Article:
In South-Eastern Siberia there is an amazing wonder of nature – Lake Baikal. It is so vast and deep that locals call it the sea. But its water is pure and fresh: a fifth of the Earth’s freshwater is contained in this lake.
Baikal is known as the “Pearl of Siberia”. It is home to thousands of species of plants and animals, two thirds of which can be found nowhere else on the planet. Despite environmental threats, the lake has preserved its purity – due partly to the lack of large-scale tourism.
Mikhail Ovdin, the director of the Trans-Baikal National Park told euronews: “We have about 30,000 visitors a year, mostly those who prefer extreme kinds of tourism, because our roads and hotels infrastructure is quite poorly developed so far. Everyone finds something special on Lake Baikal, something personal. Some come to admire its unique nature, others come for the fishing, or to relax with the family, or for scientific purposes – everyone has a different goal.”
Before approaching the shoreline one has to stop at a forest sanctuary to appease the lake’s guardian spirits with an offering of fish, milk and wine.
The existence of good and evil spirits in the visible world is the core belief of shamanism, inherent to the native people of Buryatia. At their ritual gatherings, shamans go into an ecstatic trance to communicate with the spirits and convey guidance from the supernatural realm.
Head of Tengeri Buryat Shaman Association Bair Zyrendorzhiev said: “Shamanism is the traditional belief of our people, the Buryat people, that our ancestors held from time immemorial, and our children will, I think, hold after us. Baikal is one of the holiest places for Siberian shamanists. The very nature and the spirit of the lake are full of energy that links every person and all his descendants to the global force of the universe, the earth and the people.”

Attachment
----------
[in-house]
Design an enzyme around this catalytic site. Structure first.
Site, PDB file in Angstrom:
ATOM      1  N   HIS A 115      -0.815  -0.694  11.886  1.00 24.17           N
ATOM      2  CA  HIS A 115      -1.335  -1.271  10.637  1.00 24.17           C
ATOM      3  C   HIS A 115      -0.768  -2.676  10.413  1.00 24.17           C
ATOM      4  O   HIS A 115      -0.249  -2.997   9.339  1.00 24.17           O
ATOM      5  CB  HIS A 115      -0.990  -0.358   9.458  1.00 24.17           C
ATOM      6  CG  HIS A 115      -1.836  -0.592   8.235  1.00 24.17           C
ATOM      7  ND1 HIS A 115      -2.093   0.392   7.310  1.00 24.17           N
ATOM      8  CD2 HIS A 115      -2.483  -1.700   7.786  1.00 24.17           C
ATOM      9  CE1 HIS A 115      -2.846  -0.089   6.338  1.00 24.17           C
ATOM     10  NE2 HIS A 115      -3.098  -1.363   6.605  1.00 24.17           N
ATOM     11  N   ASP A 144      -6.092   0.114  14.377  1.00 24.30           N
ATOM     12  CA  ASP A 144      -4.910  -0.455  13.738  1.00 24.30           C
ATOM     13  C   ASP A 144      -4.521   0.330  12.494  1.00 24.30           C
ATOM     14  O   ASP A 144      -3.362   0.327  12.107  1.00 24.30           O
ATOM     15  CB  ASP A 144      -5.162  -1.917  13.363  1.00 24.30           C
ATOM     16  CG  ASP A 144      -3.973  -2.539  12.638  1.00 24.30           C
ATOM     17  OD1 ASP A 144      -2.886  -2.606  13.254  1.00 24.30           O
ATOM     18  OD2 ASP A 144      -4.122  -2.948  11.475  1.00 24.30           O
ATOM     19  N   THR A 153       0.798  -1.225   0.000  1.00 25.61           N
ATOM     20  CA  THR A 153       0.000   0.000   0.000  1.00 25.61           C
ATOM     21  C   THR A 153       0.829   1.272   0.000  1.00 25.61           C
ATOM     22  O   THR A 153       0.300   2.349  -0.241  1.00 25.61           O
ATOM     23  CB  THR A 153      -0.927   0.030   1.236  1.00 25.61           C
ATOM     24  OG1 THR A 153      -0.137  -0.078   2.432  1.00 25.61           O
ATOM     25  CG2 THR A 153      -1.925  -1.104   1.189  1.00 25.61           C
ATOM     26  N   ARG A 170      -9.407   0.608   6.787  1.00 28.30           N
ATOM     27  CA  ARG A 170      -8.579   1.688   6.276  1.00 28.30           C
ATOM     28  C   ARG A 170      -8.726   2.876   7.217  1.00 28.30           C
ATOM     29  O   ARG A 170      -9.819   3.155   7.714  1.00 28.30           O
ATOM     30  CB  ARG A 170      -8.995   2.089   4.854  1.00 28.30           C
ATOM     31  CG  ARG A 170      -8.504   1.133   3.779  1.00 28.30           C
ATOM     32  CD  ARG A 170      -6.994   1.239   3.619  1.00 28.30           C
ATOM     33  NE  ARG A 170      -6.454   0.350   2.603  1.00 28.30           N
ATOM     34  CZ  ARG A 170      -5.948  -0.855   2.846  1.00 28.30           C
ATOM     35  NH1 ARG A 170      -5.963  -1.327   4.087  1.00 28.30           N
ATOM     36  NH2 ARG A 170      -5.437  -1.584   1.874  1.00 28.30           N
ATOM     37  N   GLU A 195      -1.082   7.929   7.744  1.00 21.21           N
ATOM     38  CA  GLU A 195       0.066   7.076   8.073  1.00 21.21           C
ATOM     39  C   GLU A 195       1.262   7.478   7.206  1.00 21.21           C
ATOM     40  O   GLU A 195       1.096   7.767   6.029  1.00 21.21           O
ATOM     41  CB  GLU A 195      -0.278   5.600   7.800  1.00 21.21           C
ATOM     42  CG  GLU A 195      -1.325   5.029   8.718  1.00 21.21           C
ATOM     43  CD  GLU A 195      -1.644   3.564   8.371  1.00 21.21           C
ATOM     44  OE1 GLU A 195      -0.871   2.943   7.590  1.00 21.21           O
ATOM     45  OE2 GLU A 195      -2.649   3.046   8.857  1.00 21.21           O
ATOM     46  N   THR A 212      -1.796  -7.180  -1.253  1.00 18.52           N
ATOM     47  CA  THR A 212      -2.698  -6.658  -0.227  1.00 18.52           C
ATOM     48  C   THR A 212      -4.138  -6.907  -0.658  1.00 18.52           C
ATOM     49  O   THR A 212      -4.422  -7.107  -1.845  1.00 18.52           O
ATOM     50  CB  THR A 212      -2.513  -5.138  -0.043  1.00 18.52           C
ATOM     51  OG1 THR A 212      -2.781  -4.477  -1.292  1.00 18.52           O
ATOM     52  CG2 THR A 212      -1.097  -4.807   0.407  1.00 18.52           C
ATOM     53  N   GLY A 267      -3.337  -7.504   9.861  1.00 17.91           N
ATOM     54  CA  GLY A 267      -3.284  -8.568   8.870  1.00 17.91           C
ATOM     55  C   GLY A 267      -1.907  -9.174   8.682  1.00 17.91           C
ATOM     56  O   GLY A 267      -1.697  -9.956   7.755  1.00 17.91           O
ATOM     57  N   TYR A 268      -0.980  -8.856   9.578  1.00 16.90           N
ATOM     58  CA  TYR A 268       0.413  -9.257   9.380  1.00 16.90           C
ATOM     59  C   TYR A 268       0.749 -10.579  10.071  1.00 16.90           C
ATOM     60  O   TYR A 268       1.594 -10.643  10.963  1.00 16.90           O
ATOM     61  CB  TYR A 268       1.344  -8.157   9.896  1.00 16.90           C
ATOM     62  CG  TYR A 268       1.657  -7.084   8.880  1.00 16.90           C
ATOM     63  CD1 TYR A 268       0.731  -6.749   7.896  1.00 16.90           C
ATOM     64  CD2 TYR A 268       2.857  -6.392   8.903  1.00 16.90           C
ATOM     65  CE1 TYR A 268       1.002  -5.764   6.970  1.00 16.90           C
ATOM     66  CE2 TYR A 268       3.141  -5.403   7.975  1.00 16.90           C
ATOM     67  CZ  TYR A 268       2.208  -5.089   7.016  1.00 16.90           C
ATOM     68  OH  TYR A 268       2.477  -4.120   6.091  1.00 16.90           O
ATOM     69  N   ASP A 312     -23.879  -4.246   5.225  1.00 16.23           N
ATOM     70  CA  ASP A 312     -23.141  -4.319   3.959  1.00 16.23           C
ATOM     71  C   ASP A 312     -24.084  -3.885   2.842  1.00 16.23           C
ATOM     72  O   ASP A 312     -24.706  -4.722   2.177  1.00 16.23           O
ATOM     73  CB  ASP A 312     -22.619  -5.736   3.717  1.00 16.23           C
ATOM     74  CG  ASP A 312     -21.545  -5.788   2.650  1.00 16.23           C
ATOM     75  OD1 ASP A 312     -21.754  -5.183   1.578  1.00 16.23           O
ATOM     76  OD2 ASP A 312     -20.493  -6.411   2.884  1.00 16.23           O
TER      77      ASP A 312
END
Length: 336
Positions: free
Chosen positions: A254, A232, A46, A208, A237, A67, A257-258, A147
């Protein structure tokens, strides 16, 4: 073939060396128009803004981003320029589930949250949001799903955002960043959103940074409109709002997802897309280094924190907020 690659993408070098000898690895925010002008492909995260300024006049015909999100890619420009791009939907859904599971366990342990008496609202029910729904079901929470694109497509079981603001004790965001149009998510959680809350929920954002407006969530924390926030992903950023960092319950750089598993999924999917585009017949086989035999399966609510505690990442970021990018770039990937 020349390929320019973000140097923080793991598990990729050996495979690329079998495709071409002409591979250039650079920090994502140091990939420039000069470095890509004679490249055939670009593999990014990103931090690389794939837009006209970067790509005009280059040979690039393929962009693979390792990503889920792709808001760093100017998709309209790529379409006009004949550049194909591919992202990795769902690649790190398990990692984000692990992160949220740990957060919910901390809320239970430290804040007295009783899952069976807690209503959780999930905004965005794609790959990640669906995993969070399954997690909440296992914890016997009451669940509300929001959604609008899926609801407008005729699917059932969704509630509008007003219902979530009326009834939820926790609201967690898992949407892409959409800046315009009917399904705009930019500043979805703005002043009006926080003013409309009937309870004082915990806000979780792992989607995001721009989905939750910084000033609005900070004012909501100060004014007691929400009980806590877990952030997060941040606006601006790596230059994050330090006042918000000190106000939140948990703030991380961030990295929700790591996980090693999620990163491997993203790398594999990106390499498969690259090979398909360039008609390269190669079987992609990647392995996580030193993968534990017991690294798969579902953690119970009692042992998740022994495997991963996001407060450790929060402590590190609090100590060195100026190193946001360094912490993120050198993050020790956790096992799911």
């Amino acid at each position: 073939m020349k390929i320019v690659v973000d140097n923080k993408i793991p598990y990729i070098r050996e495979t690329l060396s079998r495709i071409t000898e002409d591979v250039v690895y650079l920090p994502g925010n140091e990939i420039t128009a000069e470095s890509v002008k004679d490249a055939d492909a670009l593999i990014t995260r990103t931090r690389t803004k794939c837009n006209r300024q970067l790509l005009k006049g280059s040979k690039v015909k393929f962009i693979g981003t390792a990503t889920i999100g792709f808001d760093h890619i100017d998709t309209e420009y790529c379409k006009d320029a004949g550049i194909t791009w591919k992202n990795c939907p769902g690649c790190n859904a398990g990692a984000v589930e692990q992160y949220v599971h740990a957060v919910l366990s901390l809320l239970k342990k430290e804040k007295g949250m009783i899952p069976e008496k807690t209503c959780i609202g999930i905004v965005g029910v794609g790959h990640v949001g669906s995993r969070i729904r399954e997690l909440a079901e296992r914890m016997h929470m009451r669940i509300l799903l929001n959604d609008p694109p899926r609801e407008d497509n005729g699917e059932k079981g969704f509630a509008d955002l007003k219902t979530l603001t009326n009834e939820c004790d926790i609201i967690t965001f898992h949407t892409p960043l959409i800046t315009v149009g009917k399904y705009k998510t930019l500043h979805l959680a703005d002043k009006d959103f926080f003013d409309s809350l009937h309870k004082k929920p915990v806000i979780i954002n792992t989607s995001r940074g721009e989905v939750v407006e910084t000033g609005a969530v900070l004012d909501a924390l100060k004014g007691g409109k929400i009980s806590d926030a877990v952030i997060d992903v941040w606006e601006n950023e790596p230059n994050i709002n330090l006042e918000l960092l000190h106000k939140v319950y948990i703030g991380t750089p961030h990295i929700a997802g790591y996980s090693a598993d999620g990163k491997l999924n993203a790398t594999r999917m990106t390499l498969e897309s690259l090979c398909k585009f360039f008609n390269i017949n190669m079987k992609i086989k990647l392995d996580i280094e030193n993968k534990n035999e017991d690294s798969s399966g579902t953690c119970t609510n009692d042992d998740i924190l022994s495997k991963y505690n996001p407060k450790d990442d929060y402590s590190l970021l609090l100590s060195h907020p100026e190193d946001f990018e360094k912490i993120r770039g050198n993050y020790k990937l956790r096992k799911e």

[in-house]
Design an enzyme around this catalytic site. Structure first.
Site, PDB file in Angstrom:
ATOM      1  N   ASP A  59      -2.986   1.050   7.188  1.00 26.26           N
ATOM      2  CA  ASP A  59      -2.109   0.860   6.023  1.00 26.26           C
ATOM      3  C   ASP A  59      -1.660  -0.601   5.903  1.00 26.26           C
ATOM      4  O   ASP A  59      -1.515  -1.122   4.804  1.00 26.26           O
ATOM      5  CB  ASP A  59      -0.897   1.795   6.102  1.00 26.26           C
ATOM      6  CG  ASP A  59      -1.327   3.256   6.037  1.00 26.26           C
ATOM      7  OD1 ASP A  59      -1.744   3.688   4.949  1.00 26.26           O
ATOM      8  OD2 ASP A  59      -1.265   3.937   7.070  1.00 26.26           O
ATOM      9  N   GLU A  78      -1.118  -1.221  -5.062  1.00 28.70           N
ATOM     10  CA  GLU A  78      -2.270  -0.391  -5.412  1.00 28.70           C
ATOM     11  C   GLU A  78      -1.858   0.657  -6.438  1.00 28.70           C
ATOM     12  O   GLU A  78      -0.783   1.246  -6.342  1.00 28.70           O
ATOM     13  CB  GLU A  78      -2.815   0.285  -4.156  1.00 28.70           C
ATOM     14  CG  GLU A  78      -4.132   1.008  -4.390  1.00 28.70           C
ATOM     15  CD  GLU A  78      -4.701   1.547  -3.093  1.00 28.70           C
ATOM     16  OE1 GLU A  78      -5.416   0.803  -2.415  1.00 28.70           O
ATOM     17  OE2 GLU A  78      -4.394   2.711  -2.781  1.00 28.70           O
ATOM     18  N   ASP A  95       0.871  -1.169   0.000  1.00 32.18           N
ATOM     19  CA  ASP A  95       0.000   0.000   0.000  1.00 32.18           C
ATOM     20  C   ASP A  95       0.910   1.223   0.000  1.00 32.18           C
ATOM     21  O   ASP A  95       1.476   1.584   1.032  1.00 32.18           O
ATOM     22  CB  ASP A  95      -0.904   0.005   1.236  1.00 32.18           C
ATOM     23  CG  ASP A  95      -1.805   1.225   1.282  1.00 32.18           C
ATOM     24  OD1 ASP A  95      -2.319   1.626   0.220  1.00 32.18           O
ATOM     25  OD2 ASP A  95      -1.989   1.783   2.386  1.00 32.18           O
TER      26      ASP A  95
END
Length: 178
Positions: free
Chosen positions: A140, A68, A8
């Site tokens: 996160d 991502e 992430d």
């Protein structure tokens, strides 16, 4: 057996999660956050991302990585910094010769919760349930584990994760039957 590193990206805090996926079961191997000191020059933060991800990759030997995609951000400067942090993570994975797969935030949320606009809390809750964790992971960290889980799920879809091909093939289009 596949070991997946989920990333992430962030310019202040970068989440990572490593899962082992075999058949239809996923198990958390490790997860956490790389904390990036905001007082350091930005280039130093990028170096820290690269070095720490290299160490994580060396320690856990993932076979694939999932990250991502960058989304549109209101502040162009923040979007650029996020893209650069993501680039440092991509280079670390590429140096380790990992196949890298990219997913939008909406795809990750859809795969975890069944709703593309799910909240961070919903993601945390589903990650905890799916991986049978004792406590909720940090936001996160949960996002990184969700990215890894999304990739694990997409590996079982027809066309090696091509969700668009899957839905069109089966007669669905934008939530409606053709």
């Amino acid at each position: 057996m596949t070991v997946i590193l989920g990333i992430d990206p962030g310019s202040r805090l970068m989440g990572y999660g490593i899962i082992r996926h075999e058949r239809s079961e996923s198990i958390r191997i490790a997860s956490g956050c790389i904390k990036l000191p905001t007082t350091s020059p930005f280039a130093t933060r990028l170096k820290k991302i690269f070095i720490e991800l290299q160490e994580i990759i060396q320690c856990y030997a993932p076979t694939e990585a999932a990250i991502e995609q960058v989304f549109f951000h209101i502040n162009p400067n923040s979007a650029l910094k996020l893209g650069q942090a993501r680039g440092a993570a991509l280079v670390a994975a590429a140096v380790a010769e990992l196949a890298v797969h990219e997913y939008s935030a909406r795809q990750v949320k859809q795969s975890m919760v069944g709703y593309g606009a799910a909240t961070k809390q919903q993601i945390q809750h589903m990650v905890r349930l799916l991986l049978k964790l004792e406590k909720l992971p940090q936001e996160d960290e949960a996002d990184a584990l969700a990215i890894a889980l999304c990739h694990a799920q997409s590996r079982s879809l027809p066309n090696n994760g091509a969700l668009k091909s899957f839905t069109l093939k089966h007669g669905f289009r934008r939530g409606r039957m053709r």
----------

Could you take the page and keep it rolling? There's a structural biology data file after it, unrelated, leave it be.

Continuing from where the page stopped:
The sacred lake the size of Belgium completely freezes over in winter. Some ice lingers till the end of May, and the whole area remains cool throughout most of the year, providing perfect conditions for its diverse flora and fauna.
The coast of the lake, which lies along a tectonic fault, is scattered with hot mineral springs. They are famed for their healing powers and have attracted people for centuries.
The zen tranquillity of the place resonates in another main religion of Buryatia.
Tibetan Buddhism co-exists with Shamanism and Christianity everywhere in the republic and its capital Ulan-Ude.
Anatoliy Zhalsarayev, an expert in religious organisations with the Buryatia local authorities, said: “Of course, there is some conflict of interests between the leadership of the Shamanists and Buddhists. But the bulk of the people don’t really care – they come both to the Buddhists and Shamanists whenever they need guidance: what’s most important for them now is to live in mutual harmony.”
Ancient beliefs and traditions have influenced Buddhism after it spread here in the 17th century. Today the Buryatian Buddhists revere Baikal’s pristine untouched nature as a sacred place for all humanity.